The first issue to consider with respect to the hardware infrastructure underlying the BPO project is whose systems to use.
Because providing high levels of service in the specific business process is the vendor’s core competence, their hardware capabilities usually outstrip those of the buyer.
Despite this common circumstance, the decision to use the vendor’s hardware system should not be based on technology maturity alone.
Buyer and vendor must also consider other factors when determining whether to shift processes to the vendor’s hardware.
Among the considerations that affect this decision is the intent of the BPO agreement. Firms that outsource primarily to save costs should leverage the vendor’s systems, eliminating depreciating assets from the balance sheet and converting them to monthly pretax expenses.
Nevertheless, BPO buyers seeking to develop strategic advantages through the BPO project may elect to leverage and/or build their own hardware systems utilizing the vendor’s knowledge and experience to design the necessary systems.
This ensures that any competitive advantages realized through hardware advances will be retained within the buyer organization in the event that the contract with the BPO vendor is terminated on not renewed.
The extent of the BPO buyer’s interest in developing and retaining new capacities in the outsourced process is a major determinant of whose hardware to use in the BPO project.
Another consideration that affects this decision is the potential to develop synergies with other business units as a result of budding internal hardware maturity and capacity for the BPO project.
While scaling systems to meet the demands of the enhanced business process, the BPO buyer creates capacities that may be applicable to other units within the organization.
These additional capacities are often unexpected and can result in improved performance across the organization.
Relying on the vendor’s hardware means forgoing development of internal capacities and the possibility of unexpected process improvements in other business units.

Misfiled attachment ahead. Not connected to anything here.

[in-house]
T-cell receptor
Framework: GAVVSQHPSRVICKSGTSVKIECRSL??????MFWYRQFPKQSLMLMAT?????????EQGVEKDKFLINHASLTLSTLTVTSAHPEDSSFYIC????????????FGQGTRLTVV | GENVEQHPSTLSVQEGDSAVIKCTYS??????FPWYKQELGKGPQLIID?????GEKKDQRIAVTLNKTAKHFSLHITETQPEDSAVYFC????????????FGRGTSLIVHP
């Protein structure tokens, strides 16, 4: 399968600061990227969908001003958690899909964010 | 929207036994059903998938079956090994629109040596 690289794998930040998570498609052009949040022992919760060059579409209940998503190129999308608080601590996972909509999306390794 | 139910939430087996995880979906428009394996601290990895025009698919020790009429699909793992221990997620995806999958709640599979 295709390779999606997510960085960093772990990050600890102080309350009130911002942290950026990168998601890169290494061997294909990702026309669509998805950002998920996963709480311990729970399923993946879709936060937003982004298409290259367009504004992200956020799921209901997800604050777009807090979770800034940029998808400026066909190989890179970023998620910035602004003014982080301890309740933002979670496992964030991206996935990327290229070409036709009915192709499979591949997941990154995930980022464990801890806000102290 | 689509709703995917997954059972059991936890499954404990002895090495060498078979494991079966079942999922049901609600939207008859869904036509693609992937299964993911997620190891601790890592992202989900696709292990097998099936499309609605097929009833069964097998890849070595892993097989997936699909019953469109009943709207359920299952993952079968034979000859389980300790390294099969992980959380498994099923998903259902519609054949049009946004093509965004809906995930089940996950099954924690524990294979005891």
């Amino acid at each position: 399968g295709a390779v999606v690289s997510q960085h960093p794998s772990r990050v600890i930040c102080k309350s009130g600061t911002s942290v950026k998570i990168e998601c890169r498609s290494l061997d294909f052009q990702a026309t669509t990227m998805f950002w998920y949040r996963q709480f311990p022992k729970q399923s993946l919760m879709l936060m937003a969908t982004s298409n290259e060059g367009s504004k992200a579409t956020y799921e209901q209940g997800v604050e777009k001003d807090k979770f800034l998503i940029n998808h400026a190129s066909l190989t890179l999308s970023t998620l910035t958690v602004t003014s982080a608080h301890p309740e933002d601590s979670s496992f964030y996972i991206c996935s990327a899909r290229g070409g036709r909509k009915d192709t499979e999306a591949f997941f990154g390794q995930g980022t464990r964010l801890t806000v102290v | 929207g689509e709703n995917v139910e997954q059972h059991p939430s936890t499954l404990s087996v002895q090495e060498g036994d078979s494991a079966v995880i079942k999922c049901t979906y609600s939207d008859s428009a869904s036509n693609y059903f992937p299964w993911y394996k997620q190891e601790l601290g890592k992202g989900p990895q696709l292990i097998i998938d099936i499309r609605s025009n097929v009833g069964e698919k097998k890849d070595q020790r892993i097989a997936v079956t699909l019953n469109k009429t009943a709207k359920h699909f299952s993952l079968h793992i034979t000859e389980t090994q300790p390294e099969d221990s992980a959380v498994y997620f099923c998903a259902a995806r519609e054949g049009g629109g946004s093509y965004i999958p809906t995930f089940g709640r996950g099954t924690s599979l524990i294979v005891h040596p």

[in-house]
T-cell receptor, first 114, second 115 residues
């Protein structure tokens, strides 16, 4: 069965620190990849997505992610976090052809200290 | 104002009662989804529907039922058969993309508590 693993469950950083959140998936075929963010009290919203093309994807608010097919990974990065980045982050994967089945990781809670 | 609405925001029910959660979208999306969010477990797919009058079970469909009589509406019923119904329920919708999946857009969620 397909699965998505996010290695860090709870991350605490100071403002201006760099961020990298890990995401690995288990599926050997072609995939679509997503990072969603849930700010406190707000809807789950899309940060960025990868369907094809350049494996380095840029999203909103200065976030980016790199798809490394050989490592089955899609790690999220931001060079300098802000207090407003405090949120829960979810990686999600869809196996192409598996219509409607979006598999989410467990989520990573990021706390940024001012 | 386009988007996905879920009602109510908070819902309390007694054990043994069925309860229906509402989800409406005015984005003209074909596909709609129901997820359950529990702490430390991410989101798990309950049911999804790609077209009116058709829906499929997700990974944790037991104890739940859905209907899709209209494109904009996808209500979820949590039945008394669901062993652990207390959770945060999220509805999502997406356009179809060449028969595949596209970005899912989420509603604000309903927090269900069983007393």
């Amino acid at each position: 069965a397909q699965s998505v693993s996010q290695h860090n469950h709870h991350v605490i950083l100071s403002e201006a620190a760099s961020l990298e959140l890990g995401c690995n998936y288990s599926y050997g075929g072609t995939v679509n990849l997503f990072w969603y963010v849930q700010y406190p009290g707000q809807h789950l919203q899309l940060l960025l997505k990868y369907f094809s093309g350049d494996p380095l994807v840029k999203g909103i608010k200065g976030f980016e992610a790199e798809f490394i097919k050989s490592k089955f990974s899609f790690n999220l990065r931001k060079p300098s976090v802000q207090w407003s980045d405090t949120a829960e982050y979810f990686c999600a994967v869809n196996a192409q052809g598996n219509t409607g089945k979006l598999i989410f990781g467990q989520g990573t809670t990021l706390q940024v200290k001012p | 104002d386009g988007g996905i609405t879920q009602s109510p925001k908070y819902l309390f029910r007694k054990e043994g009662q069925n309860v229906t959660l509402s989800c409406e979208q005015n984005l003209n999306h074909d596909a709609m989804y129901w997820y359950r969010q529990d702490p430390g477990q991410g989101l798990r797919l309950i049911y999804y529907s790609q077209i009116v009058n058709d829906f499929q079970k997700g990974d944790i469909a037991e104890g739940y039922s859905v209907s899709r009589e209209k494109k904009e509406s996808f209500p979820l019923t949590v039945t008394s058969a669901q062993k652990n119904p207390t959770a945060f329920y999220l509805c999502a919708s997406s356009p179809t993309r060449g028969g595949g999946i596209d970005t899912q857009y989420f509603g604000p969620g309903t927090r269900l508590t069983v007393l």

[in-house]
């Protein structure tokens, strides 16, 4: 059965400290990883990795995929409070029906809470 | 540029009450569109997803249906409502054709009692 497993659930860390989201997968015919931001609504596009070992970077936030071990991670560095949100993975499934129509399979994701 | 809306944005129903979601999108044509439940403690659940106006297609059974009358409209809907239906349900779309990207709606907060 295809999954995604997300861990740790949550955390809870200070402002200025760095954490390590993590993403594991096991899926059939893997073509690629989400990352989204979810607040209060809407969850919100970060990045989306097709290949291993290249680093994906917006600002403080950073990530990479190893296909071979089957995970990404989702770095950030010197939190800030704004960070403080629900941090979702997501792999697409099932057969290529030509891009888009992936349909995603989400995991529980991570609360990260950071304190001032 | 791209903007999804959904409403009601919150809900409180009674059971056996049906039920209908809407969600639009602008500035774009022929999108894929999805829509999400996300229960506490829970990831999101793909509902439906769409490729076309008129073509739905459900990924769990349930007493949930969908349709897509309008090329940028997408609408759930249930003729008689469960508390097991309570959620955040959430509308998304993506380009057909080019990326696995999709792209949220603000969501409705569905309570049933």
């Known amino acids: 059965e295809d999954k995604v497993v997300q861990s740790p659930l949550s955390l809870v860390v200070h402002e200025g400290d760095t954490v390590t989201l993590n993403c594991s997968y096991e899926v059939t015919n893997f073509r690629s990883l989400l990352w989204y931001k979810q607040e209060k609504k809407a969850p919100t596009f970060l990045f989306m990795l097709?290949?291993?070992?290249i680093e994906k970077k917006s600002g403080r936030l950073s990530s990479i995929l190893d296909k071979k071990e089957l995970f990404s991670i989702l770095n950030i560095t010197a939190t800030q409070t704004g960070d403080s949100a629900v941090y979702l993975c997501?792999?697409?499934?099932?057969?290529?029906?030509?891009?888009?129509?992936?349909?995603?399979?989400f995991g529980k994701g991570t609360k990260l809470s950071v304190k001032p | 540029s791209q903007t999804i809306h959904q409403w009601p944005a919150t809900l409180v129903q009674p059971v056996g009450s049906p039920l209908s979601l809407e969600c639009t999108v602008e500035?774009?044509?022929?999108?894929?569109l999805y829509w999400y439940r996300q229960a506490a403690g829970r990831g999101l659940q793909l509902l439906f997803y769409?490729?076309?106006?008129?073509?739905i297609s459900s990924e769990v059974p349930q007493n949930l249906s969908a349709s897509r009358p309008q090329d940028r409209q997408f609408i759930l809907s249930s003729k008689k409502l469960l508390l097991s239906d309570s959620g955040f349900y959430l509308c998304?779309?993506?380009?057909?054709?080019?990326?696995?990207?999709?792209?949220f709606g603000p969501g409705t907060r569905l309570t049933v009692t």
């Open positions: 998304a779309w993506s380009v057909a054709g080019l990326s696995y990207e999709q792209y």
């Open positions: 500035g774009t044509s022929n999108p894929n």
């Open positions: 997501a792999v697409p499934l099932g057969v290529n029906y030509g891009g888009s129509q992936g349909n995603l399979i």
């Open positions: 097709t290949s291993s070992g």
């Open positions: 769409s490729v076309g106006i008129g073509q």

Of course, this risk can be mitigated through a deep, collaborative buyer-vendor relationship that seeks to leverage hardware advances for process improvements no matter where the hardware resides on who has title to it.
A final consideration when assessing whose hardware to use to manage the BPO process is location.
When a BPO buyer decides to use the vendor’s hardware, that hardware is often located off the buyer’s site.
This is usually not a problem if the vendor is local on onshore in the United States. Problems may arise, however, when the vendor is offshore.
As the BPO revolution continues, offshore locations may include increasingly remote regions of the world.
BPO buyers must confirm the vendor’s ability to obtain technical support and spare parts to maintain their systems and minimize downtime, Systems that are state-of-the-art but that have been damaged by an earthquake, political uprising, on other unexpected event are not much use if they cannot be repaired and placed back online in a hurry.
Regardless of whose hardware systems are used, the infrastructure compatibility between both organizations must be reviewed and managed.
This is a critical step because both organizations will be relying on the combined system to provide transparency.
One distinction that is important for BPO project managers to appreciate is that between a system’s infrastructure its architecture.